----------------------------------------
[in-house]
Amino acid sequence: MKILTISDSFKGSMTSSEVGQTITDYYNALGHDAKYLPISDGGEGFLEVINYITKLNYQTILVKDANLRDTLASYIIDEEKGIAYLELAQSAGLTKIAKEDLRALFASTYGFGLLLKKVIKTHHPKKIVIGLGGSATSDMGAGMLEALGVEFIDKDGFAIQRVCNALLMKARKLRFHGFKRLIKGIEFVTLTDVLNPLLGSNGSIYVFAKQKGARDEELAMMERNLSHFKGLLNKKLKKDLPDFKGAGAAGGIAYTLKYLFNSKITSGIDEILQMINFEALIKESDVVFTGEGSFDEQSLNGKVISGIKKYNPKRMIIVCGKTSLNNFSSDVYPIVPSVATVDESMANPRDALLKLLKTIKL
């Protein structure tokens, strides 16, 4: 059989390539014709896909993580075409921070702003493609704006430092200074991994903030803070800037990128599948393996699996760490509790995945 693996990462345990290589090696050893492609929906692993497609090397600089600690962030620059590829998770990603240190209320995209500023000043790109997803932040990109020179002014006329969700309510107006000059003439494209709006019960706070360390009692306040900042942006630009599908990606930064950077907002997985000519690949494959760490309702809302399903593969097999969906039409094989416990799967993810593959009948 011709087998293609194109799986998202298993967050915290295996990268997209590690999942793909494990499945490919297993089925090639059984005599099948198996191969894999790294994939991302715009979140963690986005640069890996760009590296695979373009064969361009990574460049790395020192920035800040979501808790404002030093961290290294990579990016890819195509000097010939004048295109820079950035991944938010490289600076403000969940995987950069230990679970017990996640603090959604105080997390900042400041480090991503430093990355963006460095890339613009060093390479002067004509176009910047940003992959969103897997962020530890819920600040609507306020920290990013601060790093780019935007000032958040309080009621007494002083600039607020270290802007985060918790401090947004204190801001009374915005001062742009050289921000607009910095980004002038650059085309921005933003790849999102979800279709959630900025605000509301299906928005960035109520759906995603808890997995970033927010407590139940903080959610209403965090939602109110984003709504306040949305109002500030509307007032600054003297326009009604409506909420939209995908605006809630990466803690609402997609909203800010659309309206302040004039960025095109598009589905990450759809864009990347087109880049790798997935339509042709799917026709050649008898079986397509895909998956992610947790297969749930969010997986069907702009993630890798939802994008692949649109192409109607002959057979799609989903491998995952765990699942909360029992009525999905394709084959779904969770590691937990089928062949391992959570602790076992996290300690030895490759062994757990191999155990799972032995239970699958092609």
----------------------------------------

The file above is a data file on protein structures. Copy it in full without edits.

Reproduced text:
[in-house]
Amino acid sequence: MKILTISDSFKGSMTSSEVGQTITDYYNALGHDAKYLPISDGGEGFLEVINYITKLNYQTILVKDANLRDTLASYIIDEEKGIAYLELAQSAGLTKIAKEDLRALFASTYGFGLLLKKVIKTHHPKKIVIGLGGSATSDMGAGMLEALGVEFIDKDGFAIQRVCNALLMKARKLRFHGFKRLIKGIEFVTLTDVLNPLLGSNGSIYVFAKQKGARDEELAMMERNLSHFKGLLNKKLKKDLPDFKGAGAAGGIAYTLKYLFNSKITSGIDEILQMINFEALIKESDVVFTGEGSFDEQSLNGKVISGIKKYNPKRMIIVCGKTSLNNFSSDVYPIVPSVATVDESMANPRDALLKLLKTIKL
């Protein structure tokens, strides 16, 4: 059989390539014709896909993580075409921070702003493609704006430092200074991994903030803070800037990128599948393996699996760490509790995945 693996990462345990290589090696050893492609929906692993497609090397600089600690962030620059590829998770990603240190209320995209500023000043790109997803932040990109020179002014006329969700309510107006000059003439494209709006019960706070360390009692306040900042942006630009599908990606930064950077907002997985000519690949494959760490309702809302399903593969097999969906039409094989416990799967993810593959009948 011709087998293609194109799986998202298993967050915290295996990268997209590690999942793909494990499945490919297993089925090639059984005599099948198996191969894999790294994939991302715009979140963690986005640069890996760009590296695979373009064969361009990574460049790395020192920035800040979501808790404002030093961290290294990579990016890819195509000097010939004048295109820079950035991944938010490289600076403000969940995987950069230990679970017990996640603090959604105080997390900042400041480090991503430093990355963006460095890339613009060093390479002067004509176009910047940003992959969103897997962020530890819920600040609507306020920290990013601060790093780019935007000032958040309080009621007494002083600039607020270290802007985060918790401090947004204190801001009374915005001062742009050289921000607009910095980004002038650059085309921005933003790849999102979800279709959630900025605000509301299906928005960035109520759906995603808890997995970033927010407590139940903080959610209403965090939602109110984003709504306040949305109002500030509307007032600054003297326009009604409506909420939209995908605006809630990466803690609402997609909203800010659309309206302040004039960025095109598009589905990450759809864009990347087109880049790798997935339509042709799917026709050649008898079986397509895909998956992610947790297969749930969010997986069907702009993630890798939802994008692949649109192409109607002959057979799609989903491998995952765990699942909360029992009525999905394709084959779904969770590691937990089928062949391992959570602790076992996290300690030895490759062994757990191999155990799972032995239970699958092609």